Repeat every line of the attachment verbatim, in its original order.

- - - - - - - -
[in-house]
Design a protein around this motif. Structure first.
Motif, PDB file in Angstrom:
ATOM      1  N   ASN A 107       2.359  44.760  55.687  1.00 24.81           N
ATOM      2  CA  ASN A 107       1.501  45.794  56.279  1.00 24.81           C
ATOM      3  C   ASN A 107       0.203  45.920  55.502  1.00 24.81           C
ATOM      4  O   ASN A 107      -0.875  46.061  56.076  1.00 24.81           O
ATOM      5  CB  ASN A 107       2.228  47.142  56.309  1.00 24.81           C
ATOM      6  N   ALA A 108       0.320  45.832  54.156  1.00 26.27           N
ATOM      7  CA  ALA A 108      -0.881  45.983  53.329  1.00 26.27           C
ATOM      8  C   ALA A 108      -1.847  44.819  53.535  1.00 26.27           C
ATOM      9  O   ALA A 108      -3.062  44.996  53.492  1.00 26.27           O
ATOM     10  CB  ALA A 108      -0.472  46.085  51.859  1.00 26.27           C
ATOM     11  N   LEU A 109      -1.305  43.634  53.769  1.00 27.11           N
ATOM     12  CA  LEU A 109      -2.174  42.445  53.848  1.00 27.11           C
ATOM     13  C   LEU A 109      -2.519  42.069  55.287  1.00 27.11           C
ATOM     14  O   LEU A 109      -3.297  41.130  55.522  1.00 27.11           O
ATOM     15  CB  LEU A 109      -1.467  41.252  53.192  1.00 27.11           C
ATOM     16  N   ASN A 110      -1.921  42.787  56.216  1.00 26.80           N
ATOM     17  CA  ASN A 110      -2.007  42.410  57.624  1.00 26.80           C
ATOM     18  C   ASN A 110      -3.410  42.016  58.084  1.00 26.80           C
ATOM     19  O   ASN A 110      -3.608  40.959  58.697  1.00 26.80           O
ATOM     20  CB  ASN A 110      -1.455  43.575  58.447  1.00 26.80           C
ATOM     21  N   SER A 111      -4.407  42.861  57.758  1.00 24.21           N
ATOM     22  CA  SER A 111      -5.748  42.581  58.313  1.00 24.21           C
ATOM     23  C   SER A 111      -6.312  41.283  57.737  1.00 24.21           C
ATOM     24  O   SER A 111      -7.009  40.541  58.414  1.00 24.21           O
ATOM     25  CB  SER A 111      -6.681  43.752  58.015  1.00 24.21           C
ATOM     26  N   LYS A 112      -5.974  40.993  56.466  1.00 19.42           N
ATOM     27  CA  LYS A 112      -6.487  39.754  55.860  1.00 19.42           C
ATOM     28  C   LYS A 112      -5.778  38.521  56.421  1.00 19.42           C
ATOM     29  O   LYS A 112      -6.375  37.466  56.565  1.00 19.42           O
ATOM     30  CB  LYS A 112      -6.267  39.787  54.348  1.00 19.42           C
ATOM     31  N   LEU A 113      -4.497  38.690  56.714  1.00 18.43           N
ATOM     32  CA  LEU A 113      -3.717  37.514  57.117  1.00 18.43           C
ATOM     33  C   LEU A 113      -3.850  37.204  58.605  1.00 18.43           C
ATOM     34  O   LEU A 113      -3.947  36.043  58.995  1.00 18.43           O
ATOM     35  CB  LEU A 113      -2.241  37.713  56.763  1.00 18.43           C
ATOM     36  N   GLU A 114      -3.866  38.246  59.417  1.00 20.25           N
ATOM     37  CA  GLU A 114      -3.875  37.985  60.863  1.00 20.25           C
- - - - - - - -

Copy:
[in-house]
Design a protein around this motif. Structure first.
Motif, PDB file in Angstrom:
ATOM      1  N   ASN A 107       2.359  44.760  55.687  1.00 24.81           N
ATOM      2  CA  ASN A 107       1.501  45.794  56.279  1.00 24.81           C
ATOM      3  C   ASN A 107       0.203  45.920  55.502  1.00 24.81           C
ATOM      4  O   ASN A 107      -0.875  46.061  56.076  1.00 24.81           O
ATOM      5  CB  ASN A 107       2.228  47.142  56.309  1.00 24.81           C
ATOM      6  N   ALA A 108       0.320  45.832  54.156  1.00 26.27           N
ATOM      7  CA  ALA A 108      -0.881  45.983  53.329  1.00 26.27           C
ATOM      8  C   ALA A 108      -1.847  44.819  53.535  1.00 26.27           C
ATOM      9  O   ALA A 108      -3.062  44.996  53.492  1.00 26.27           O
ATOM     10  CB  ALA A 108      -0.472  46.085  51.859  1.00 26.27           C
ATOM     11  N   LEU A 109      -1.305  43.634  53.769  1.00 27.11           N
ATOM     12  CA  LEU A 109      -2.174  42.445  53.848  1.00 27.11           C
ATOM     13  C   LEU A 109      -2.519  42.069  55.287  1.00 27.11           C
ATOM     14  O   LEU A 109      -3.297  41.130  55.522  1.00 27.11           O
ATOM     15  CB  LEU A 109      -1.467  41.252  53.192  1.00 27.11           C
ATOM     16  N   ASN A 110      -1.921  42.787  56.216  1.00 26.80           N
ATOM     17  CA  ASN A 110      -2.007  42.410  57.624  1.00 26.80           C
ATOM     18  C   ASN A 110      -3.410  42.016  58.084  1.00 26.80           C
ATOM     19  O   ASN A 110      -3.608  40.959  58.697  1.00 26.80           O
ATOM     20  CB  ASN A 110      -1.455  43.575  58.447  1.00 26.80           C
ATOM     21  N   SER A 111      -4.407  42.861  57.758  1.00 24.21           N
ATOM     22  CA  SER A 111      -5.748  42.581  58.313  1.00 24.21           C
ATOM     23  C   SER A 111      -6.312  41.283  57.737  1.00 24.21           C
ATOM     24  O   SER A 111      -7.009  40.541  58.414  1.00 24.21           O
ATOM     25  CB  SER A 111      -6.681  43.752  58.015  1.00 24.21           C
ATOM     26  N   LYS A 112      -5.974  40.993  56.466  1.00 19.42           N
ATOM     27  CA  LYS A 112      -6.487  39.754  55.860  1.00 19.42           C
ATOM     28  C   LYS A 112      -5.778  38.521  56.421  1.00 19.42           C
ATOM     29  O   LYS A 112      -6.375  37.466  56.565  1.00 19.42           O
ATOM     30  CB  LYS A 112      -6.267  39.787  54.348  1.00 19.42           C
ATOM     31  N   LEU A 113      -4.497  38.690  56.714  1.00 18.43           N
ATOM     32  CA  LEU A 113      -3.717  37.514  57.117  1.00 18.43           C
ATOM     33  C   LEU A 113      -3.850  37.204  58.605  1.00 18.43           C
ATOM     34  O   LEU A 113      -3.947  36.043  58.995  1.00 18.43           O
ATOM     35  CB  LEU A 113      -2.241  37.713  56.763  1.00 18.43           C
ATOM     36  N   GLU A 114      -3.866  38.246  59.417  1.00 20.25           N
ATOM     37  CA  GLU A 114      -3.875  37.985  60.863  1.00 20.25           C